The ecological effectiveness of agri-environment schemes in different agricultural landscapes in The Netherlands
Kleijn, D. ; Berendse, F. ; Smit, R. ; Gilissen, N. ; Smit, J. ; Brak, B. ; Groeneveld, R.A. - \ 2004
Conservation Biology 18 (2004)3. - ISSN 0888-8892 - p. 775 - 786.
diversity - conservation - consequences - biodiversity - restoration - countryside - populations - intensity - farmland - europe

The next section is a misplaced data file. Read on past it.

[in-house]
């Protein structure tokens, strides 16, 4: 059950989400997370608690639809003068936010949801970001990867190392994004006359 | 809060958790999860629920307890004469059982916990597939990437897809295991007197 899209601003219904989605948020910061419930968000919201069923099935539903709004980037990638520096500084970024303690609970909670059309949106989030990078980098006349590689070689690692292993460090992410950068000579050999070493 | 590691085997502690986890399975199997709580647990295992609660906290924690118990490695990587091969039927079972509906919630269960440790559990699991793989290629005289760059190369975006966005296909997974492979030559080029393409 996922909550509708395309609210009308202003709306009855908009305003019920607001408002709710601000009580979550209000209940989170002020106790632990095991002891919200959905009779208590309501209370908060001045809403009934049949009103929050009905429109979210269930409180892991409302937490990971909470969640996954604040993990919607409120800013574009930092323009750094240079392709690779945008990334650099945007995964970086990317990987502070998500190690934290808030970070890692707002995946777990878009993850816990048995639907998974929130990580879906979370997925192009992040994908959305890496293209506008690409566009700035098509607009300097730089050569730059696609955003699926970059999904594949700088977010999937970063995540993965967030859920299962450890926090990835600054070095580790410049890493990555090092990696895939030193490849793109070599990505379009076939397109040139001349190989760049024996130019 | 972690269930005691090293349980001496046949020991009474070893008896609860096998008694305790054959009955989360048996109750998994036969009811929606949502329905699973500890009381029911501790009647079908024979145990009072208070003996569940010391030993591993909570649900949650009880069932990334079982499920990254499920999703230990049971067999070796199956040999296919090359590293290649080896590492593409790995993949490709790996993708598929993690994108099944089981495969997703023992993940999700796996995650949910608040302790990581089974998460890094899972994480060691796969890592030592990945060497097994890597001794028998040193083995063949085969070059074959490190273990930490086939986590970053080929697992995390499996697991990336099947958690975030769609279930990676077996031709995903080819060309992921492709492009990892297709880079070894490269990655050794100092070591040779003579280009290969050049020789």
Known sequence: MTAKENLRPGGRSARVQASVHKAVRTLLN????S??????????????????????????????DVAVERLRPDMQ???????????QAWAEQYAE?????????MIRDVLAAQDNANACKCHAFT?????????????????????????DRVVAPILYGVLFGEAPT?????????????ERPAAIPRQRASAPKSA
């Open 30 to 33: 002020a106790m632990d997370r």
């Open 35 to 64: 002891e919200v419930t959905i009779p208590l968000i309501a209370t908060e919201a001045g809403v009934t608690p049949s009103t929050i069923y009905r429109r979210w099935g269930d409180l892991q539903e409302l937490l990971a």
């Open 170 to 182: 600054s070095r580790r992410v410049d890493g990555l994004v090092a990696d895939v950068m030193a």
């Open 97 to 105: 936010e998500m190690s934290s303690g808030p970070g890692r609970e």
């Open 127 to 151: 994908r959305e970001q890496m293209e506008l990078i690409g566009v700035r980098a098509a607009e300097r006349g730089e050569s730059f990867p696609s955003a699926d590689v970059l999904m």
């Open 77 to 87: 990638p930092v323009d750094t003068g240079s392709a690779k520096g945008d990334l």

Agri-environment schemes are an instrument used by western European countries to counteract the negative effects of contemporary agriculture on biodiversity, but not much is known about their effectiveness. We investigated the ecological effects of Dutch agri-environment schemes aimed at promoting botanical diversity or meadow birds, and we tested whether the effectiveness of the schemes depends on landscape type or structure. In three different types of landscape, we surveyed plants, birds, bees, and hover flies on 78 paired fields that either had agri-environment schemes or were managed conventionally, and we collected data on a range of different environmental variables. Neither plant species richness nor abundance of meadow birds was higher on fields with agri-environment schemes. Landscape type had a significant effect on both species groups, but the effects of the schemes were independent of landscape type. Neither the diversity of plants nor the abundance of birds was related to any of the environmental variables. Agri-environment schemes designed to promote plant species richness or bird abundance did have positive side-effects because they enhanced the species richness of bees and hover flies, irrespective of the type of landscape. Furthermore, landscape type, groundwater level (hover flies), and area of wooded edges (bees) significantly affected both species groups. The failure of the schemes to promote the target species may be related to the high intensity of land use in The Netherlands. Simple conservation measures taken by farmers may not be sufficient to counteract the impact of factors that are often controlled at the landscape level (e.g., hydrology). Similar studies in other countries are needed to place the results of our study into a European context. Keywords: bees; biodiversity conservation; farmland; hover flies; meadow birds; policy evaluation; vegetation; aves de praderaabejas; conservació; n de biodiversidad; evaluació; n de polí; ticas; moscas; tierra de cultivo; vegetació; n